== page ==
Question for all Cradle Catholics


Did you grow up as a Catholic and go through all of the motions as a kid/teen, etc., and then one day REALLY kind of be “reborn” when you really discovered what Catholicism was, who Jesus really is, etc.? How old were you when you either began to really, truly, deeply understand your faith and strengthen your relationship with God and Jesus and Mary? Or did you always? Or have you not yet?


Hi there,
Well, I’m 16 years old and have been Catholic all my life. I grew up in a very religious enviroment: I went to a Catholic elementary school, and I’m presently going to a Catholic high school, and my family was always really involved in the Church. Around my eighth grade year, I was fed up. I was sick of people throwing this religion down my throat, and when I turned 18, I had all intention of leaving. I went to Church to please my parents, and that’s about it. Then, my freshman year I had this religion teacher who really connected with me. I learned a lot from him, and he really helped me to understand why we believe what we believe. I think I credit him with bringing me back to the Church. I realized how much of a good thing it is, and I got into it. I started going to Confirmation classes, and I’m excited to be confirming next year around this time.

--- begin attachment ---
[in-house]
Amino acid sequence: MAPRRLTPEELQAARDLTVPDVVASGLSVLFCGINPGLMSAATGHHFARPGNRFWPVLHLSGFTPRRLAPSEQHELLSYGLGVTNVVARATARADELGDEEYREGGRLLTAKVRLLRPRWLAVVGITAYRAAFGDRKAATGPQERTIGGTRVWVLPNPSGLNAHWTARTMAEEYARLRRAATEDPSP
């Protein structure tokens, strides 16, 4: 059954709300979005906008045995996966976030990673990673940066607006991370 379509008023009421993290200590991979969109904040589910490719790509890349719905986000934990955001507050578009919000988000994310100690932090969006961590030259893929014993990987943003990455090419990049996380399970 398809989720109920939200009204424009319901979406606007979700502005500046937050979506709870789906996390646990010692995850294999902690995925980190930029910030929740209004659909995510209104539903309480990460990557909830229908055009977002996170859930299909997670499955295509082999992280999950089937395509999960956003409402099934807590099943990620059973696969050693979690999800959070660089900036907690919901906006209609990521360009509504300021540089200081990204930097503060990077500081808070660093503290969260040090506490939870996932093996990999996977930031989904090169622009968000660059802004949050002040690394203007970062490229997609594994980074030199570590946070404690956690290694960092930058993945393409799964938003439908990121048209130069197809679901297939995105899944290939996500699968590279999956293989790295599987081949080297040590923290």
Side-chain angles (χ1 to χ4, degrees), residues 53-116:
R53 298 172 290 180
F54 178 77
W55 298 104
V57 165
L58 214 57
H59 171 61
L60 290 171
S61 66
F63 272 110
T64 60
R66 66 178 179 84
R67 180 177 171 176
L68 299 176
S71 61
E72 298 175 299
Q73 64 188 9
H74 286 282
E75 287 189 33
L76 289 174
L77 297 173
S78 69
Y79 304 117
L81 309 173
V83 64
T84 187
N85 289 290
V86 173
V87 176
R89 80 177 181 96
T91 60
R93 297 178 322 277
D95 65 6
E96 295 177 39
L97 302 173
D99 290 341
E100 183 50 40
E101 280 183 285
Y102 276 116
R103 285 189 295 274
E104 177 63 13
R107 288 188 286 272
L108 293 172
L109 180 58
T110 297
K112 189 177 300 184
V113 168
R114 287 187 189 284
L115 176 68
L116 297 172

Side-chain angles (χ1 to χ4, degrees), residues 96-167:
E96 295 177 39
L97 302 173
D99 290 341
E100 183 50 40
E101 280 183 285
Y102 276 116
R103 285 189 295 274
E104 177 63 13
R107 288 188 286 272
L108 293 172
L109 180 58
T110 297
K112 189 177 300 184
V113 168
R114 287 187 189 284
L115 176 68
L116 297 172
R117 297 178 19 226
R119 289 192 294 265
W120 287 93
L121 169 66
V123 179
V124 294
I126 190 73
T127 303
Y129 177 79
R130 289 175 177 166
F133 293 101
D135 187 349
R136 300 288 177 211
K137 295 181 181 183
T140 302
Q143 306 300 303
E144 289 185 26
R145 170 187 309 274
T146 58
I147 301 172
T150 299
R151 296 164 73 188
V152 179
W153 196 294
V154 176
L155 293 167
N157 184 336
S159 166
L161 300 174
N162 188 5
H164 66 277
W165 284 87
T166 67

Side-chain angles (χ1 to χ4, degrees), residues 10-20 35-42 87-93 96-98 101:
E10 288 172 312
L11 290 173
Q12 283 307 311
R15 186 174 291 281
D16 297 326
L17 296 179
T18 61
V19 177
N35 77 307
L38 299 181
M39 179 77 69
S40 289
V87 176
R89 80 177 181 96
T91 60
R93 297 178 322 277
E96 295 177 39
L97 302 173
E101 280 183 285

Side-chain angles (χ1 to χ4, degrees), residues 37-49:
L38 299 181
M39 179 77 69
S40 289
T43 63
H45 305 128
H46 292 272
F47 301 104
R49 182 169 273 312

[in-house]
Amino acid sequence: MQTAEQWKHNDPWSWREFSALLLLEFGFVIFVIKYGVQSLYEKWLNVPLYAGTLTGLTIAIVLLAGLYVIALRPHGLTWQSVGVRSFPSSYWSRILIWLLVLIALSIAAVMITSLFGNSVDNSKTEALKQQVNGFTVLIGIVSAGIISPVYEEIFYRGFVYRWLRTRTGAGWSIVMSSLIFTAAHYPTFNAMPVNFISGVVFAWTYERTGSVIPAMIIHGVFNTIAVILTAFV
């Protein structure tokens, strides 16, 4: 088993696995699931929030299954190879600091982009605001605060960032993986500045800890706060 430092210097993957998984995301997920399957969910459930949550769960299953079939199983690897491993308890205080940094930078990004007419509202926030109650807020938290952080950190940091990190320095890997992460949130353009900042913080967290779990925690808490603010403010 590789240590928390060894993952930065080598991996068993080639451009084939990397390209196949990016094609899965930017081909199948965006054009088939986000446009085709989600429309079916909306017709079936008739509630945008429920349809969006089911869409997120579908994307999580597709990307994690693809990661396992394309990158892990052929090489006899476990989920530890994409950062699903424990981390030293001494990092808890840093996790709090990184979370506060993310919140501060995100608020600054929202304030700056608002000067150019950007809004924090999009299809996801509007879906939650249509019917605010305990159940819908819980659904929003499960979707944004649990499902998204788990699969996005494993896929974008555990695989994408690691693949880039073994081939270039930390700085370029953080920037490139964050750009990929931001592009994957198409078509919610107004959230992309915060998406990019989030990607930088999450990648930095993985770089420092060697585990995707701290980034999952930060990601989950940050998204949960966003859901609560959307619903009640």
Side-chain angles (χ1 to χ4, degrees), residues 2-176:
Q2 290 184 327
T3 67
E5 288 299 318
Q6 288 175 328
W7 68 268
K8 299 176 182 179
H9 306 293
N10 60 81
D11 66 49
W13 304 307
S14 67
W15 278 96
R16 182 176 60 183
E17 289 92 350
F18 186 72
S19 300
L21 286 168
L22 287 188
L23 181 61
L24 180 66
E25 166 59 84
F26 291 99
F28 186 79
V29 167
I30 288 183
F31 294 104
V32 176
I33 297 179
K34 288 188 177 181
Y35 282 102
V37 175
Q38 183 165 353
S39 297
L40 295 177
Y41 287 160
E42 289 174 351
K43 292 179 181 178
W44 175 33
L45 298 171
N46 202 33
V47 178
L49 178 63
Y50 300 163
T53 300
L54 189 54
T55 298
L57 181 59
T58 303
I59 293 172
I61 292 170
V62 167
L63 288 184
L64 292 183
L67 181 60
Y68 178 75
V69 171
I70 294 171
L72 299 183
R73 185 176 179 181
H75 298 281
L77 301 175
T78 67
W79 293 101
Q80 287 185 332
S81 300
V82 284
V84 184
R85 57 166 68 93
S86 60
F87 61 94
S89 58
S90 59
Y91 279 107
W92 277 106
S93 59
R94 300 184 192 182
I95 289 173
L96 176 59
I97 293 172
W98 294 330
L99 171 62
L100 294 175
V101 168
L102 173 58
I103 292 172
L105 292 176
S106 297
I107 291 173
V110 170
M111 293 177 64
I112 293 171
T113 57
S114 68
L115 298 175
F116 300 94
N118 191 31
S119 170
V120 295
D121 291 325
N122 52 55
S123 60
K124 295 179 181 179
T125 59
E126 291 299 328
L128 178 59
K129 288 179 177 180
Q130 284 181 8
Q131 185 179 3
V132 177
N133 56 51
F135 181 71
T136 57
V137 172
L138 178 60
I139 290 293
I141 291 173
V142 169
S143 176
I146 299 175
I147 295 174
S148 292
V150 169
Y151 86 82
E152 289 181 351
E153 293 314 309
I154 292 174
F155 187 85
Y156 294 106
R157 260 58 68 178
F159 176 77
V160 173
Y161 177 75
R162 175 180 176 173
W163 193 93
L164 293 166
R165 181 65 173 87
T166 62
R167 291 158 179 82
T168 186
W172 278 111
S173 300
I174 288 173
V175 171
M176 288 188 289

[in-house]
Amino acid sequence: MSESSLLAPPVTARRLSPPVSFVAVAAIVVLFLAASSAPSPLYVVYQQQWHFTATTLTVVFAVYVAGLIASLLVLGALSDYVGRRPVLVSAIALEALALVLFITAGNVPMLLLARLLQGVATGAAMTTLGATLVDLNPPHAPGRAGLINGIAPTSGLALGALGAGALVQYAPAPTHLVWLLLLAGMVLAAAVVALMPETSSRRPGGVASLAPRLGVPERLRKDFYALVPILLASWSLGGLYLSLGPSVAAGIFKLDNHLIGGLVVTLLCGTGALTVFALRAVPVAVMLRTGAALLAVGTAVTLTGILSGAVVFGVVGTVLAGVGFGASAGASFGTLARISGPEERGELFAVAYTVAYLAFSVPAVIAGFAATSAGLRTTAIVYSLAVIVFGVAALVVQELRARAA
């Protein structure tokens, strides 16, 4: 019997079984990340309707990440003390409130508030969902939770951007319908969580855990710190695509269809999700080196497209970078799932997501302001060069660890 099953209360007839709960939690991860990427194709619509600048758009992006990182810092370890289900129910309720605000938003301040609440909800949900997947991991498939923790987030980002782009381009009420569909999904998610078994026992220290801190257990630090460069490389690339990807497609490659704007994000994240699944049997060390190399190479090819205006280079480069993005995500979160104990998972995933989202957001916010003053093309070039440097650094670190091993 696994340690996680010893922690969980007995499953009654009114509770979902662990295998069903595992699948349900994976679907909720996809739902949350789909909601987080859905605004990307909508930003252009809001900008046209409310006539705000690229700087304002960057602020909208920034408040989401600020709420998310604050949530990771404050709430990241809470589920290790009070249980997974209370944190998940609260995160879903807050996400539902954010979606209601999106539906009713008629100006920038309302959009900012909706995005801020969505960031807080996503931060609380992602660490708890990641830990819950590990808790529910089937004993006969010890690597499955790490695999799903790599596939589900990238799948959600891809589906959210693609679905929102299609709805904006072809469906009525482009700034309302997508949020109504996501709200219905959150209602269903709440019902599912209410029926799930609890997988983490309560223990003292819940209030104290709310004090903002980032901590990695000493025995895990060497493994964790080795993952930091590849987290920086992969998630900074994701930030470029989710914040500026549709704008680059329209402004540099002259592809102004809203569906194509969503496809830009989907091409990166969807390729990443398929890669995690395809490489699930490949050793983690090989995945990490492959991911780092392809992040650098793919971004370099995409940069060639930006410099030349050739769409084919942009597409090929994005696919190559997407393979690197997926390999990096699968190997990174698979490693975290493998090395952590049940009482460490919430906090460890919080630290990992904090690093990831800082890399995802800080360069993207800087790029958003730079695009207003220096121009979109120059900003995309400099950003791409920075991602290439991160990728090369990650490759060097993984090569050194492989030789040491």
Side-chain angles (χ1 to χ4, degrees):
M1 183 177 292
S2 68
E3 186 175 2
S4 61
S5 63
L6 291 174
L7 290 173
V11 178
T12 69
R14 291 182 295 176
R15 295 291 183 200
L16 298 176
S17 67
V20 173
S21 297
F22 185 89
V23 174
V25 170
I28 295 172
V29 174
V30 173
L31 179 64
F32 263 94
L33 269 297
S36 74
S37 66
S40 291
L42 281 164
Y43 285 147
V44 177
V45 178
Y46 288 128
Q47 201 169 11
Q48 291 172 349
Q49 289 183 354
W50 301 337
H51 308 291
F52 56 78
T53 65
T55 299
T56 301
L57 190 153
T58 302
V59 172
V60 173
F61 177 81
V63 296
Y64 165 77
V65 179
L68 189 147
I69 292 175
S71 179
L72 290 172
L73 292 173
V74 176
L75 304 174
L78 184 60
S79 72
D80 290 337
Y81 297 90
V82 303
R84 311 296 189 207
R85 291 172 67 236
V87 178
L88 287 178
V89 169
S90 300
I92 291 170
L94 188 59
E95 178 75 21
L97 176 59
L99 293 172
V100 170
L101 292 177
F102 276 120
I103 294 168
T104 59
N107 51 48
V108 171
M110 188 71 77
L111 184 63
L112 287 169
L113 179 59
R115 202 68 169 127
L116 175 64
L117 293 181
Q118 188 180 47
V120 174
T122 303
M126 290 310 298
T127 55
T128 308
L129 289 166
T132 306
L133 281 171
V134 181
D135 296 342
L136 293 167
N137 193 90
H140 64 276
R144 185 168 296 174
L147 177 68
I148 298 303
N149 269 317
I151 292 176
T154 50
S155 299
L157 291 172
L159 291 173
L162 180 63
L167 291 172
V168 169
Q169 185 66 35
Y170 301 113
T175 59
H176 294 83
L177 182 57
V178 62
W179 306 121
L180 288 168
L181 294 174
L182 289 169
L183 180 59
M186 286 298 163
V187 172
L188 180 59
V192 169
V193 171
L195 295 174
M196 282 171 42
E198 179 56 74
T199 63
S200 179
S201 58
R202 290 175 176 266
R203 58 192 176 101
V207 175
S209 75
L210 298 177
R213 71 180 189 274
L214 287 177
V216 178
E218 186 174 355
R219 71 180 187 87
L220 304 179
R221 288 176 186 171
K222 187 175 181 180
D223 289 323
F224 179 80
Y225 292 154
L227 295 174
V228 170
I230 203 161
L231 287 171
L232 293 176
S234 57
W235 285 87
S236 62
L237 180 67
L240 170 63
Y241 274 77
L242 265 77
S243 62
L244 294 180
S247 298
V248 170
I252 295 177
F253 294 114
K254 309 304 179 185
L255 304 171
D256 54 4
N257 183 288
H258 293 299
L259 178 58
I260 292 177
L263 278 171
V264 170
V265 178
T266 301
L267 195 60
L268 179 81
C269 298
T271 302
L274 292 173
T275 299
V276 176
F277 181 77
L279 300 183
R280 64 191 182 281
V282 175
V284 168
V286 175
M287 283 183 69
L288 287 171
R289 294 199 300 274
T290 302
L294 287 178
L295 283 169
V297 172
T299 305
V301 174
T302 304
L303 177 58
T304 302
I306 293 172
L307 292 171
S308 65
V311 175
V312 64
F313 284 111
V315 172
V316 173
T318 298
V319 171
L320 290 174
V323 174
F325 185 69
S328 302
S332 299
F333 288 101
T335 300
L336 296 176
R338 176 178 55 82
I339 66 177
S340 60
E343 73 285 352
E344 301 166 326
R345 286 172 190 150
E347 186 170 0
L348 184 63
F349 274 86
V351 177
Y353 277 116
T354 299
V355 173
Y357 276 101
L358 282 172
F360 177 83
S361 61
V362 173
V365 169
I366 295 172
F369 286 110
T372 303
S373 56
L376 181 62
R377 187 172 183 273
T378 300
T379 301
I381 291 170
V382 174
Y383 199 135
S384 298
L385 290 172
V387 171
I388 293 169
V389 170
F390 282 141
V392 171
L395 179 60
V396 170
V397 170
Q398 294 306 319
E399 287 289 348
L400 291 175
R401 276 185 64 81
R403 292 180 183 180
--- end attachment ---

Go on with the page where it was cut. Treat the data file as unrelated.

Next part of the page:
Well I’m mostly a Cradle Catholic, I was raised Catholic from the age of 6. Good family, went to Mass every Sunday, RE, homeschooled for awhile. Then around 8th grade my peers finally got to me and I really started hating being Catholic…I mean hating it. So I went to youth group at my friends “non-denom” church and stuff like that. When I was 16 my whole family left the church for a couple years and when my mom came back I said “I’m 18 and I do what I want” (which is a rather rude thing to say to ones mother, I confess). However I was given the rule that I had to go to church somewhere and so I did for awhile with friends, until one Sunday, for some reason I can’t even remember I ended up going to Mass and then I went back a few weeks later and the priest just seemed to be answering every objection I ever had to the Church in his homilies not to mention completely shattering my idea that to be a good traditional Catholic one had to be a snobby, dull hearted person (a horrible prejudice I admit).

So I went to Mass for about 6 months trying to decided what I was supposed to do. Finally went to talk to the priest and then went back again and he heard my Confession. I was 19 when I decided to come back, so all in all it was about 5 or 6 years of just not wanting to be Catholic at all. I’ll be 21 in 12 days and I’ve learned so much about my faith in the past two years, and yet I have so much more to learn. But in the end it was the traditions of the Church and the prayers and example of a few very important people that got me back.

Believe it or not that’s the short version. But in answering your question I needed to have an example, because for me there was a point in which I was absolutely repelled at the idea of being Catholic and after much searching and failing I found myself right back where I started. I think though for many people, especially teens/young adults, there comes a time when you have to make your faith your own. In other words, make it more than just what your parents taught you and told you to do, but to truly practice it on your own. Of course a little help from others never hurts…such as the prayers of your mother and the teaching and example of a great priest.

My apologies if I was a little long-winded.:slight_smile: